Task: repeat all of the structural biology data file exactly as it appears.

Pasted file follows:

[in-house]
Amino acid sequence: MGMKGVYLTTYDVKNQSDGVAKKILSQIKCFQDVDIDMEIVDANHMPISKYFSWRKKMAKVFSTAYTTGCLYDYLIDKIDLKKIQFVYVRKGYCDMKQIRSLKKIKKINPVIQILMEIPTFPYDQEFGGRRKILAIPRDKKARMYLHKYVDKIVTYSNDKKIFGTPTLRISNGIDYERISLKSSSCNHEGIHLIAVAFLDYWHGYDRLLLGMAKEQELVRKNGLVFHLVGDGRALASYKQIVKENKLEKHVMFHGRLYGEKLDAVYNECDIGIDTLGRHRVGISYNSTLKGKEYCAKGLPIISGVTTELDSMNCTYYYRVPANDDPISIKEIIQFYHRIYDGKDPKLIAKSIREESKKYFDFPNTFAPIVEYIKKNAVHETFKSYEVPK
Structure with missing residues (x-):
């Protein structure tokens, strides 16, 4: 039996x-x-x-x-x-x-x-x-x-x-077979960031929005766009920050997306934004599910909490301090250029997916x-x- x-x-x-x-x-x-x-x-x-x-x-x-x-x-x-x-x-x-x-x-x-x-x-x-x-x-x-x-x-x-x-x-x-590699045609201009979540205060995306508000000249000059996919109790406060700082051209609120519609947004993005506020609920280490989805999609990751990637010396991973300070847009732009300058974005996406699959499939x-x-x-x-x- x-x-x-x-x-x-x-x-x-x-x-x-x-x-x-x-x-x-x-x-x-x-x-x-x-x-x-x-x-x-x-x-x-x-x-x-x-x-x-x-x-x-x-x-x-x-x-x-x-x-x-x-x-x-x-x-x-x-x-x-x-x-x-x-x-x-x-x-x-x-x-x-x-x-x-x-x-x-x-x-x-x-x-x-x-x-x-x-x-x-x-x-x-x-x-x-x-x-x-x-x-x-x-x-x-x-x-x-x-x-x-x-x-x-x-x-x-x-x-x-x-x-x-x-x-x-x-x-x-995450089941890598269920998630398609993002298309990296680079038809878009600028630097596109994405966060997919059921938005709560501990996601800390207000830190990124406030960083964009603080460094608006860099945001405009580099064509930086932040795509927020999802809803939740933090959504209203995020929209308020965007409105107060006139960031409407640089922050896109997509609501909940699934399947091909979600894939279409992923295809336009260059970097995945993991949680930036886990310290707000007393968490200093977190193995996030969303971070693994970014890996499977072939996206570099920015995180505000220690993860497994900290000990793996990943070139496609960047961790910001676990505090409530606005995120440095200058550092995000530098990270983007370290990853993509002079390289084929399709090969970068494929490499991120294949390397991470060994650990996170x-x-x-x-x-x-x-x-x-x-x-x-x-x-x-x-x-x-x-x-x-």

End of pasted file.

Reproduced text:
[in-house]
Amino acid sequence: MGMKGVYLTTYDVKNQSDGVAKKILSQIKCFQDVDIDMEIVDANHMPISKYFSWRKKMAKVFSTAYTTGCLYDYLIDKIDLKKIQFVYVRKGYCDMKQIRSLKKIKKINPVIQILMEIPTFPYDQEFGGRRKILAIPRDKKARMYLHKYVDKIVTYSNDKKIFGTPTLRISNGIDYERISLKSSSCNHEGIHLIAVAFLDYWHGYDRLLLGMAKEQELVRKNGLVFHLVGDGRALASYKQIVKENKLEKHVMFHGRLYGEKLDAVYNECDIGIDTLGRHRVGISYNSTLKGKEYCAKGLPIISGVTTELDSMNCTYYYRVPANDDPISIKEIIQFYHRIYDGKDPKLIAKSIREESKKYFDFPNTFAPIVEYIKKNAVHETFKSYEVPK
Structure with missing residues (x-):
């Protein structure tokens, strides 16, 4: 039996x-x-x-x-x-x-x-x-x-x-077979960031929005766009920050997306934004599910909490301090250029997916x-x- x-x-x-x-x-x-x-x-x-x-x-x-x-x-x-x-x-x-x-x-x-x-x-x-x-x-x-x-x-x-x-x-x-590699045609201009979540205060995306508000000249000059996919109790406060700082051209609120519609947004993005506020609920280490989805999609990751990637010396991973300070847009732009300058974005996406699959499939x-x-x-x-x- x-x-x-x-x-x-x-x-x-x-x-x-x-x-x-x-x-x-x-x-x-x-x-x-x-x-x-x-x-x-x-x-x-x-x-x-x-x-x-x-x-x-x-x-x-x-x-x-x-x-x-x-x-x-x-x-x-x-x-x-x-x-x-x-x-x-x-x-x-x-x-x-x-x-x-x-x-x-x-x-x-x-x-x-x-x-x-x-x-x-x-x-x-x-x-x-x-x-x-x-x-x-x-x-x-x-x-x-x-x-x-x-x-x-x-x-x-x-x-x-x-x-x-x-x-x-x-x-x-995450089941890598269920998630398609993002298309990296680079038809878009600028630097596109994405966060997919059921938005709560501990996601800390207000830190990124406030960083964009603080460094608006860099945001405009580099064509930086932040795509927020999802809803939740933090959504209203995020929209308020965007409105107060006139960031409407640089922050896109997509609501909940699934399947091909979600894939279409992923295809336009260059970097995945993991949680930036886990310290707000007393968490200093977190193995996030969303971070693994970014890996499977072939996206570099920015995180505000220690993860497994900290000990793996990943070139496609960047961790910001676990505090409530606005995120440095200058550092995000530098990270983007370290990853993509002079390289084929399709090969970068494929490499991120294949390397991470060994650990996170x-x-x-x-x-x-x-x-x-x-x-x-x-x-x-x-x-x-x-x-x-």